I’ve never taken much notice of generational categorisation and the study of behavioural patterns across different age groups. In fact, there have been times when I’ve been positively turned off by the number of references to ‘Millenials’ on social media sites.

However, the latest category to be defined, Generation Z, really resonates with me, both from a business perspective but also when I observe my own children’s traits and behaviours. So, I wanted to share a simple introduction to some of the defining characteristics of Gen Z.

Whilst date ranges for generational categories are never wholly agreed upon, most people agree that Generation Z was born in the mid-1990s. I like this train of thought, the idea that Gen Z began in 1996 because that was the year Google was founded. This makes sense to me because it is safe to say that they are the first truly connected generation who have grown up with the internet as a constant.

Connectivity is about access to news, social networks, and the world in general and no other entity has driven as much significant technological and communication change as Google.

But it isn’t just this connectivity that defines Generation Z. The smartphone ultimately underpins what is now the age of information. Google once highlighted that ownership of a mobile phone is one of the most important life events for Gen Z, not just because it ‘connects’ them but also because they believe that they need one in order to belong.

So, it’s not just my business that relies on technology to operate and exist. A survey carried out in 2011 suggested that over half of teens would rather give up their sense of smell (yes, you read that correctly) than their mobile phone. Gen Z are technology dependant.

Add the above two defining characteristics together and out pops another. Generation Z have never known a world where they cannot find the answer to any question almost instantaneously. Being able to ‘google it’ or check out ‘How to’ videos on Youtube makes Gen Z the first understand everything generation. The ramifications of this are considerable.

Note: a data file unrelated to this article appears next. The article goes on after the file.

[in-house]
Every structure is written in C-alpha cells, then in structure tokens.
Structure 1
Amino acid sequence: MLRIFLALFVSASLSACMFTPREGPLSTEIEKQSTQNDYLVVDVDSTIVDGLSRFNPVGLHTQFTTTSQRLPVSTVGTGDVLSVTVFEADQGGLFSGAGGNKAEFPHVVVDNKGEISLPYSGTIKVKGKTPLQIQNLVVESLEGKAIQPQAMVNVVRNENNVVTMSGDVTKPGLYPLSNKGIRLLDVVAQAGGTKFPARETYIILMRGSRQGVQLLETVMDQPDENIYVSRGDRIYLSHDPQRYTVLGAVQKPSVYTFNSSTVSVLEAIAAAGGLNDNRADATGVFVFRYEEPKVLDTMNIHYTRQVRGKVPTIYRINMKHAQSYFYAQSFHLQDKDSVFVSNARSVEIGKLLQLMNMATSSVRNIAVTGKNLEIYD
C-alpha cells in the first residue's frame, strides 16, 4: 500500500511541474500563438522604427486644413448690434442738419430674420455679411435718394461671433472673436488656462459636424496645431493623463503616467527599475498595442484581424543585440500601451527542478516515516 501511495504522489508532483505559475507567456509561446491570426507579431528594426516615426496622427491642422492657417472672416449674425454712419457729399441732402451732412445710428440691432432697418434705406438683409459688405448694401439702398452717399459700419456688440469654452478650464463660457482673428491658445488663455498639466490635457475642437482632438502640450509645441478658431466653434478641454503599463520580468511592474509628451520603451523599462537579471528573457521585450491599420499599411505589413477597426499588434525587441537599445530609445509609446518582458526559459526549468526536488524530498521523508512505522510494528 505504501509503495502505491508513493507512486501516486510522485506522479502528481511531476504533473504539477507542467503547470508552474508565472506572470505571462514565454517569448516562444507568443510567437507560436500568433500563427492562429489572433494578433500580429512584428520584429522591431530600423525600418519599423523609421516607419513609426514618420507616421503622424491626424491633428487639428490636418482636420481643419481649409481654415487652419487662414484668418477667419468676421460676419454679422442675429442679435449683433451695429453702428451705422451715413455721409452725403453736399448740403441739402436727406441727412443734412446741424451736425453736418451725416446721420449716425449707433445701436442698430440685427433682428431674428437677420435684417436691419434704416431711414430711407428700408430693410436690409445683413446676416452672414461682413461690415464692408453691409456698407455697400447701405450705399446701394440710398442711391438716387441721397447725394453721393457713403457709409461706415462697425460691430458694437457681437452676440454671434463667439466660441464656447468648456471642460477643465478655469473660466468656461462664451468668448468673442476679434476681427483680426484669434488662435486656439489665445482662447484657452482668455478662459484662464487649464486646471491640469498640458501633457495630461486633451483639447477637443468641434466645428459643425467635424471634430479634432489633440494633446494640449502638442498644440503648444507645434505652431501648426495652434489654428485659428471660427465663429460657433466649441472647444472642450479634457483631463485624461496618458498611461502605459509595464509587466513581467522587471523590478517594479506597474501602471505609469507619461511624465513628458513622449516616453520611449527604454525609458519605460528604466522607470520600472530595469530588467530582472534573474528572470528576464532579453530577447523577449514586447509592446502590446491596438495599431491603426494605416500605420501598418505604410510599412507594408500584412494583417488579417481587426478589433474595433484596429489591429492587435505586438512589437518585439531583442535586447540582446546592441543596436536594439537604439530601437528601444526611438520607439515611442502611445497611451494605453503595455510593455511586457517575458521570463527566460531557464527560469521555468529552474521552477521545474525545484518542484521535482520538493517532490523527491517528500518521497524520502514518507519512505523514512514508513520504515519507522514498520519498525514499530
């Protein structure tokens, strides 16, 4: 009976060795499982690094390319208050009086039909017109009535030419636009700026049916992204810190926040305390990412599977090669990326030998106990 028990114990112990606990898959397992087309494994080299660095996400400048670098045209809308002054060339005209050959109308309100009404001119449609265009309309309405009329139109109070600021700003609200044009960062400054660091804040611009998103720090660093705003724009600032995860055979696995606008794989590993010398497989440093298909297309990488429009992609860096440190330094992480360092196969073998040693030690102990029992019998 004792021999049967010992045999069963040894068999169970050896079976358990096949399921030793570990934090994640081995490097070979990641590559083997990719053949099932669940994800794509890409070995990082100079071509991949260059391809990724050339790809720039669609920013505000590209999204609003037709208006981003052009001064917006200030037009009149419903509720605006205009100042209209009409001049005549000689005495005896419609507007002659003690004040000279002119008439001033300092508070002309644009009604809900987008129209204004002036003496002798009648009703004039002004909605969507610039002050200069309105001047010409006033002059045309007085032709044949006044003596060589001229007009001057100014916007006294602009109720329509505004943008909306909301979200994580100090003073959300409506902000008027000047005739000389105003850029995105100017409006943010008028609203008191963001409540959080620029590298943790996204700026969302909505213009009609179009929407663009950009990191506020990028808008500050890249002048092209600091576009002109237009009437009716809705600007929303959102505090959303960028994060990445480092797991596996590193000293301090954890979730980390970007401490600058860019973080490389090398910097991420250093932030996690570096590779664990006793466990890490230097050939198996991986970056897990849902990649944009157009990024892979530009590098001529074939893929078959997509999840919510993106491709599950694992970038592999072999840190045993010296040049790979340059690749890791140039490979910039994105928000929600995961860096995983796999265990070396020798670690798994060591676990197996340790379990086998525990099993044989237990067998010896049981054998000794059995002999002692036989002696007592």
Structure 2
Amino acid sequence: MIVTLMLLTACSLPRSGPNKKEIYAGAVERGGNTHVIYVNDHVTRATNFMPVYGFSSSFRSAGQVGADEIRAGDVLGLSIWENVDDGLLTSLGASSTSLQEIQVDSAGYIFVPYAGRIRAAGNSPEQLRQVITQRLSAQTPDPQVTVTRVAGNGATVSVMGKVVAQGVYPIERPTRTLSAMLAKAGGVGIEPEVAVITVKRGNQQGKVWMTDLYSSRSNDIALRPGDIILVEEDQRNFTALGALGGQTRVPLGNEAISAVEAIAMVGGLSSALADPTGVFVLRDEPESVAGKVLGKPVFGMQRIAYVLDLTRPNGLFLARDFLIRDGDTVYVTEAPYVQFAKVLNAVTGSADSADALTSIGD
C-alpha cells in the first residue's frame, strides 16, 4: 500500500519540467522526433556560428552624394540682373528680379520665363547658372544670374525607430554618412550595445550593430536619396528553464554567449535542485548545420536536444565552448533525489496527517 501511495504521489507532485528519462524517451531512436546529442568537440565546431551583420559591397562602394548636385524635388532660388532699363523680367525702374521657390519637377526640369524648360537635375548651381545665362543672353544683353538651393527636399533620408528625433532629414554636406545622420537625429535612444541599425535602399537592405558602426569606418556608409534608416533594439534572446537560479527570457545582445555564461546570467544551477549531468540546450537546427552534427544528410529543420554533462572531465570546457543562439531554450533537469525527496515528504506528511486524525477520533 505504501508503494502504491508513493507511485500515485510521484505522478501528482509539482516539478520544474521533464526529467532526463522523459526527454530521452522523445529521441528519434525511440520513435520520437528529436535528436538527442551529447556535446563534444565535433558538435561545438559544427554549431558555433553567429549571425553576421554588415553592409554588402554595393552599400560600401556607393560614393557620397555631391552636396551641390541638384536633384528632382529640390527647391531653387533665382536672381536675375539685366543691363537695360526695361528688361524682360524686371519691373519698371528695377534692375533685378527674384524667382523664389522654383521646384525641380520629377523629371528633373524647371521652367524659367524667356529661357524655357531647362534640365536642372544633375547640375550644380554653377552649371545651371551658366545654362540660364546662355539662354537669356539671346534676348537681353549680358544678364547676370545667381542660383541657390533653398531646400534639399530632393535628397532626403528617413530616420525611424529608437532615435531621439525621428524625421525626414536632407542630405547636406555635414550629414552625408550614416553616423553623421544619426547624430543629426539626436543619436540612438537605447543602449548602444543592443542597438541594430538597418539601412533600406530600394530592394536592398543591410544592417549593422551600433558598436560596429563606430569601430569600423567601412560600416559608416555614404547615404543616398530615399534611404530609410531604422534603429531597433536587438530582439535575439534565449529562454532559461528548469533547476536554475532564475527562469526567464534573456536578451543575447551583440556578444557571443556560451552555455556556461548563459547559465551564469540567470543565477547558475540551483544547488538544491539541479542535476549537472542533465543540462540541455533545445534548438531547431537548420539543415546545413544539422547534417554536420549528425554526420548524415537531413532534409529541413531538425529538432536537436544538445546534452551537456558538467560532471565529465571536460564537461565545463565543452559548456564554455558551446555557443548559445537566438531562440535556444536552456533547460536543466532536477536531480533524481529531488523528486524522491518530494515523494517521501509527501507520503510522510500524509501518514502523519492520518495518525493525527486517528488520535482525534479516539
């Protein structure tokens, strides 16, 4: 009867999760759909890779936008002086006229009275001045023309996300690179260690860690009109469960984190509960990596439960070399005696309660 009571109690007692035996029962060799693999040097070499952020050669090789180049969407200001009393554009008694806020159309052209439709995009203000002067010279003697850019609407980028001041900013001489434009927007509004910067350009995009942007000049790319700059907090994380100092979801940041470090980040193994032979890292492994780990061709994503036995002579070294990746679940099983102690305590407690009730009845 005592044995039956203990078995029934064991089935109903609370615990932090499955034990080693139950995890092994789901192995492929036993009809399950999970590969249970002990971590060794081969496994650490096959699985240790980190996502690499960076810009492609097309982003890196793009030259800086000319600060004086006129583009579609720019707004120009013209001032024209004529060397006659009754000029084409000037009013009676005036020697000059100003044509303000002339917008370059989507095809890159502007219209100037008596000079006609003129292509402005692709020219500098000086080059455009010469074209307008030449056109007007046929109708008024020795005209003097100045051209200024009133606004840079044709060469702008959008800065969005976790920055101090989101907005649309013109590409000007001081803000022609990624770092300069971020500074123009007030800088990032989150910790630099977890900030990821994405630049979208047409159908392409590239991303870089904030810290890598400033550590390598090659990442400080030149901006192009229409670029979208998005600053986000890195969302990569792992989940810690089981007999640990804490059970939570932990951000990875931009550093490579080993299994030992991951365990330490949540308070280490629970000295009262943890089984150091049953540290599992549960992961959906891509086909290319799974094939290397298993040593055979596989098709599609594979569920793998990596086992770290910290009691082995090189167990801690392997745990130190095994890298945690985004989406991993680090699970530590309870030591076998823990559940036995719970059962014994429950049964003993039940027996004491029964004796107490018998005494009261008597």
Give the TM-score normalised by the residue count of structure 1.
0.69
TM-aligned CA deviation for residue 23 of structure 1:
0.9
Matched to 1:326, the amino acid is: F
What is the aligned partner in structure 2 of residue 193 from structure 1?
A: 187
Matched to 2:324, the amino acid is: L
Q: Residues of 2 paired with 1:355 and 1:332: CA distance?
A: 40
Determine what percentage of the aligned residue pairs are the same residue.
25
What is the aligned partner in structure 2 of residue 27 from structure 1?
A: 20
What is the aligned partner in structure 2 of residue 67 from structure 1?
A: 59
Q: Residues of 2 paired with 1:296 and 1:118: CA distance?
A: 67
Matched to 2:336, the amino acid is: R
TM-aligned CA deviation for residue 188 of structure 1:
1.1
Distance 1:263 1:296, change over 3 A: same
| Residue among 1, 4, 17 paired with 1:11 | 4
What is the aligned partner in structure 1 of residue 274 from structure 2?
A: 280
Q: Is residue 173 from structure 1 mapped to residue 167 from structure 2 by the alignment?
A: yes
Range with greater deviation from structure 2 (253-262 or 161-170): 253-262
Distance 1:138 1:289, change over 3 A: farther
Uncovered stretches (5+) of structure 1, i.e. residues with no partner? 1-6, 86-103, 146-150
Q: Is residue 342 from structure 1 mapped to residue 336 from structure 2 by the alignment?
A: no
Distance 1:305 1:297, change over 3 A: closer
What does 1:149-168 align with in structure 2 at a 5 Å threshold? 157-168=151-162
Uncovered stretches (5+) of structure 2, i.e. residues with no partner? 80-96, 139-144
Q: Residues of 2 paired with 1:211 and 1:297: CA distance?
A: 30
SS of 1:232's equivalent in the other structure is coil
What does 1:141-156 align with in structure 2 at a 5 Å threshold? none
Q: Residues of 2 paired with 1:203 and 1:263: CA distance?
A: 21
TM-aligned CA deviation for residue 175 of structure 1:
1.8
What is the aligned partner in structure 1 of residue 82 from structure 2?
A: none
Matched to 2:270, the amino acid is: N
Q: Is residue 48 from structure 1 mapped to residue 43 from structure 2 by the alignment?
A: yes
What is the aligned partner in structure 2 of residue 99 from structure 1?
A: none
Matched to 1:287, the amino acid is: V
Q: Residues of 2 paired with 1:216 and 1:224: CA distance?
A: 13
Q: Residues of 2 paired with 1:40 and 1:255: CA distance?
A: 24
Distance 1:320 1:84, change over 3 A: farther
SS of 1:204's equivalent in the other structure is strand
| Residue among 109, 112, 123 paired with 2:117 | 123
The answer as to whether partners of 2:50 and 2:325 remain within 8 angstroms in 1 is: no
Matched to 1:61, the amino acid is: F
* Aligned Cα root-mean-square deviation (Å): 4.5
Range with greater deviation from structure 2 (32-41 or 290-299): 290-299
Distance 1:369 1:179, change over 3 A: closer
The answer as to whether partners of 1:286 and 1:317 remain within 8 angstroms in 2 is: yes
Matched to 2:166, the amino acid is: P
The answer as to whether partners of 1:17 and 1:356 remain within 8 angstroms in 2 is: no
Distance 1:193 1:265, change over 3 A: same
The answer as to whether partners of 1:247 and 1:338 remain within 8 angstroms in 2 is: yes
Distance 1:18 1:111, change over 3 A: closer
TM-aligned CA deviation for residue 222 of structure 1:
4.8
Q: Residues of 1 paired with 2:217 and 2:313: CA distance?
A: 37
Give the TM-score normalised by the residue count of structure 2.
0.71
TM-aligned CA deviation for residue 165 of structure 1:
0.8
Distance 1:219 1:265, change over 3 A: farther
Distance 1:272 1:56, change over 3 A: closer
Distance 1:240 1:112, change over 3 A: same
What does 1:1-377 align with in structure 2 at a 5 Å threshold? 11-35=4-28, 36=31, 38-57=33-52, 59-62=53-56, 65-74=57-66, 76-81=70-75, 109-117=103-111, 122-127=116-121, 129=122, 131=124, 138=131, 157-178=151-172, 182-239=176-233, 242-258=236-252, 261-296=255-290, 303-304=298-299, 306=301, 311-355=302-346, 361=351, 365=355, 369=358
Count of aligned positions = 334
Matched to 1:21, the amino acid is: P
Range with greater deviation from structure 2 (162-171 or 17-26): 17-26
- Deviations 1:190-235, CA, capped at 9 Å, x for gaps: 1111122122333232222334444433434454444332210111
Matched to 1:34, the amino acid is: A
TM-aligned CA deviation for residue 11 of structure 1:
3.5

According to Awesomeness, 68 is the number of videos Gen Z watch on at least 5 different platforms in a typical day, and, 71% of their entertainment consumption is streaming. Gen Z have an immutable preference for video, specifically when it is streaming. They are all about real time video.

My son is seven. He’s been studying the ‘deadly 60’ at school which is all about the most dangerous animals in the world. Over dinner, he was sharing his new-found knowledge for great white sharks and so on. During the conversation, Mummy just happened to ask him what the most deadly animal is…

His answer shocked us both for his sheer brilliance but also because he’s so much older than his years which is both good and bad – can you guess what he said?

Being able to understand the darker side of our existence makes Generation Z realists and in some cases worriers. The oldest of Generation Z have only been out of University since summer 2017, and typically won’t have experienced the harder sides of human existence first hand.

But their no holds barred state of connectivity means they have done so virtually. Gen Z worry far more than previous generations about everything, including getting a job, debt, climate change, finding happiness and, as our little boy proved, war and global terrorism.

 

Conclusion

It’s the age of information and connectivity. Globalisation means young people are growing up immersed in the same global brands, in love with the same icons, enjoying the same TV or sports coverage and are exposed to all the good and bad in the world. Gen Z are the first truly global generation.

From a business perspective we need to understand Generation Z so that we can market to and engage with them as they start to enter the workplace and develop their own buying power and decision-making ability.

Outside of work, this understanding can only help me as a parent when dealing with this generation at home, which definitely brings its own set of unique challenges!

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